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Metabolic profile of patients with endometrial adenocarcinoma and association with tumor grade
  1. João Paulo Andrade Fernandes1,
  2. Alex Oliveira da Camara2,3,
  3. Fernando Trevisan Frajacomo4,
  4. Claudia Bessa Pereira Chaves5,
  5. Avany Fernandes Pereira1 and
  6. Gabriela Villaça Chaves3
  1. 1 Nutrition Institute, Federal University of Rio de Janeiro, Rio de Janeiro, Brazil
  2. 2 National School of Public Health, Fundação Oswaldo Cruz, Fundação Oswaldo Cruz, Rio de Janeiro, Brazil
  3. 3 Nutrition Department, Cancer Hospital II, Brazilian National Cancer Institute, Rio de Janeiro, Brazil
  4. 4 Program of Molecular Carcinogenesis, Brazilian National Cancer Institute, Rio de Janeiro, Brazil
  5. 5 Gynecologic Oncology Department, Cancer Hospital II, Brazilian National Cancer Institute, Rio de Janeiro, Brazil
  1. Correspondence to Dr Gabriela Villaça Chaves, Nutrition Department, Cancer Hospital II, Brazilian National Cancer Institute, Rio de Janeiro, RJ 20220-410, Brazil; gabrielavc{at}gmail.com

Abstract

Objective To describe the prevalence of metabolic syndrome and other metabolic indicators in patients with endometrial cancer and its association with tumor grade.

Methods This is a cross-sectional study of patients with endometrial cancer referred to the Brazilian National Cancer Institute. We collected data on sociodemographic variables, smoking, co-morbidities, physical activity level, menopausal status, and tumor characteristics (histological subtype, stage, and tumor grade). In addition, weight, height, and waist circumference were measured. Laboratory evaluation included lipid profile, fasting blood glucose and insulin, and C-reactive protein. Insulin resistance was estimated by the Homeostasis Model Assessment of Insulin Resistance (HOMA-IR). Characterization of metabolic syndrome and cardiovascular risk profile was performed. Binary logistic regression models were used to test the association between metabolic syndrome and its metabolic parameters, HOMA-IR, and C-reactive protein with tumor grade.

Results We included a total of 313 patients, 245 (78.3%) aged <65 years, 262 (83.7%) with endometrioid adenocarcinoma, 193 (61.7%) early stage, and 201 (64.2%) with lower tumor grade (G1 and G2). Metabolic syndrome, insulin resistance, and low levels of leisure-time physical activity were highly prevalent (90.7%). In binary logistic regression models, an association was observed between HOMA-IR and lower tumor grade (p<0.05), while high-grade tumors were associated with the highest C-reactive protein values (p<0.05).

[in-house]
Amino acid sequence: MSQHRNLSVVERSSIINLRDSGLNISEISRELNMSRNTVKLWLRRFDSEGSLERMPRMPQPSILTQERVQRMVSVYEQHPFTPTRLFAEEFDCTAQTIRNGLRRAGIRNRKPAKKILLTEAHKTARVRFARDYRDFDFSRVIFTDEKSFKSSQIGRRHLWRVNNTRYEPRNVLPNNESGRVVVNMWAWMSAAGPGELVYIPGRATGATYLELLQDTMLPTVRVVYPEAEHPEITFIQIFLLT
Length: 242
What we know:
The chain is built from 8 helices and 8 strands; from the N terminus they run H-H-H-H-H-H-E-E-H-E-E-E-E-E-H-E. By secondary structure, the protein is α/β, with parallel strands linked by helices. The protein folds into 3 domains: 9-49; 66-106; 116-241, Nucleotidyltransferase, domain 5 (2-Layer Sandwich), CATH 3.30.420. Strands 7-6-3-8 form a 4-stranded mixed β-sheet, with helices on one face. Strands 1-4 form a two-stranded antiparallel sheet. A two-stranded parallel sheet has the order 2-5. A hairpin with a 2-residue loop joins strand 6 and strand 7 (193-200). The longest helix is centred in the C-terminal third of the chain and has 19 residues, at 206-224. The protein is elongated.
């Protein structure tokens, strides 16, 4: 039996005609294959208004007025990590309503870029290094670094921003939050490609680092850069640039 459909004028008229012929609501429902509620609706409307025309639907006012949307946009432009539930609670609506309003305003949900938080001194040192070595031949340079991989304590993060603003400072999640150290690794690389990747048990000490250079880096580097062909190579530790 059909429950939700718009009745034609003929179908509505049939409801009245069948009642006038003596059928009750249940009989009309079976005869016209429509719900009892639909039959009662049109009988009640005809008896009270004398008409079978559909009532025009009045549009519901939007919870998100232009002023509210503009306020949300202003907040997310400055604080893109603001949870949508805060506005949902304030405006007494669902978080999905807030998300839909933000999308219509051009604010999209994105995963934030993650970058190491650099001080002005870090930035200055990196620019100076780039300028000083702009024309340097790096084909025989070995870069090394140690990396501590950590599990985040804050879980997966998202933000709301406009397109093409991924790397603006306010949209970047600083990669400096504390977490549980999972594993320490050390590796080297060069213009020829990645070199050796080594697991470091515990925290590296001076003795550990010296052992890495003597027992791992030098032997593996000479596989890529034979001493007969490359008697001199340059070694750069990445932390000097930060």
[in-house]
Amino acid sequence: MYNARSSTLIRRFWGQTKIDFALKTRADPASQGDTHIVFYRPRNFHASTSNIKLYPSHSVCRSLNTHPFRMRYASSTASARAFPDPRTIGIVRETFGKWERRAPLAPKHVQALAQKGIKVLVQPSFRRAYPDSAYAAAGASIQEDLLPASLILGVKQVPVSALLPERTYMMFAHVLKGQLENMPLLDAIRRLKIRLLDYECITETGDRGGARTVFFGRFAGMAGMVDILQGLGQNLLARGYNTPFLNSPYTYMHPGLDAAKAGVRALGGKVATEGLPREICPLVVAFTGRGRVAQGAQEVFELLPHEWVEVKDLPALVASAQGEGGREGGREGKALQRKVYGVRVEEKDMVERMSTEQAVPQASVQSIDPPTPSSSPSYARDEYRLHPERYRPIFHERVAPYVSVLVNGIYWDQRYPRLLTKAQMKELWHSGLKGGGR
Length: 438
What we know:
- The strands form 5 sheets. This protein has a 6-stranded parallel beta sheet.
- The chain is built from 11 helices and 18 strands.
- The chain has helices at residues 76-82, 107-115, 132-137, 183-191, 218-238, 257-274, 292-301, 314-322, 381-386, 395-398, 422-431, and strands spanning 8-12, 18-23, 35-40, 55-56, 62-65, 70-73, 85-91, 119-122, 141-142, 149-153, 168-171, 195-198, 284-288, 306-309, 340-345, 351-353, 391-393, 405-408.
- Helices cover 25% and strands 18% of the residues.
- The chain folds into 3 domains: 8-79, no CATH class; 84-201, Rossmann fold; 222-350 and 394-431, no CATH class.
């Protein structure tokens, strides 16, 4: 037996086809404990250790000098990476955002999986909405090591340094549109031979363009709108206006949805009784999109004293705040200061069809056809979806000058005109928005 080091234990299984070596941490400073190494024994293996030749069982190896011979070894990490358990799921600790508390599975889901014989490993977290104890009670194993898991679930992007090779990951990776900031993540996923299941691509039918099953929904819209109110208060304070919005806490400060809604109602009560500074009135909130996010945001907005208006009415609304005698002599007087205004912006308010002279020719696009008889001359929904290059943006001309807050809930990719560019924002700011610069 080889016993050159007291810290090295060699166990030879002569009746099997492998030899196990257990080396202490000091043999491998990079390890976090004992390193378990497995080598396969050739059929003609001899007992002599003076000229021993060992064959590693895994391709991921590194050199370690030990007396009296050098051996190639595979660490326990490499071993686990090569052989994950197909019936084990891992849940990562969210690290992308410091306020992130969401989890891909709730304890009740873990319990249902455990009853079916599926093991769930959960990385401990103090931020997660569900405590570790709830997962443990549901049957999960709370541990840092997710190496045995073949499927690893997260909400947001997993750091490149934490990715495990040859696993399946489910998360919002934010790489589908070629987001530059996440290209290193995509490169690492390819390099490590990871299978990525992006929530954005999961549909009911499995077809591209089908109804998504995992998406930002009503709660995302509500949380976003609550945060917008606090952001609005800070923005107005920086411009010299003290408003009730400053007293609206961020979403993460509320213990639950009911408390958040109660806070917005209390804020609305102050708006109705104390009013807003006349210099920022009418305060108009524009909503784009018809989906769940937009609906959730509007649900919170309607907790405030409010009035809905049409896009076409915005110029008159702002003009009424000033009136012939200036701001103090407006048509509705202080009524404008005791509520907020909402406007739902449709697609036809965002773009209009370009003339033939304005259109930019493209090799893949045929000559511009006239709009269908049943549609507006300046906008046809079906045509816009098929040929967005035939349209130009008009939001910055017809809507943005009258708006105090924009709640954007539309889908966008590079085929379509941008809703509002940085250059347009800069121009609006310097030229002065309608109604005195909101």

Conclusion The main finding of this study was the association between insulin resistance and low-grade tumors, and the association between high C-reactive protein levels and high-grade tumors.

  • endometrial neoplasms

Data availability statement

Data are available upon reasonable request. All data relevant to the study are included in the article or uploaded as supplementary information.

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Data availability statement

Data are available upon reasonable request. All data relevant to the study are included in the article or uploaded as supplementary information.

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Footnotes

  • Contributors JPAF, FTF, CBPC: Data curation, Investigation, formal analysis, visualization, writing - original draft and approved the final version. AOdC: Data curation, Investigation, formal analysis, writing - original draft and approved the final version. AFP: Formal analysis, writing - original draft and approved the final version. GVC: Conceptualization, data curation, formal analysis, investigation, methodology, project administration, supervision, visualization, writing - original draft and approved the final version, and is the guarantor of the manuscript. All authors approved the final version and submission of the study.

  • Funding The authors have not declared a specific grant for this research from any funding agency in the public, commercial or not-for-profit sectors.

  • Competing interests None declared.

  • Provenance and peer review Not commissioned; externally peer reviewed.

  • Supplemental material This content has been supplied by the author(s). It has not been vetted by BMJ Publishing Group Limited (BMJ) and may not have been peer-reviewed. Any opinions or recommendations discussed are solely those of the author(s) and are not endorsed by BMJ. BMJ disclaims all liability and responsibility arising from any reliance placed on the content. Where the content includes any translated material, BMJ does not warrant the accuracy and reliability of the translations (including but not limited to local regulations, clinical guidelines, terminology, drug names and drug dosages), and is not responsible for any error and/or omissions arising from translation and adaptation or otherwise.

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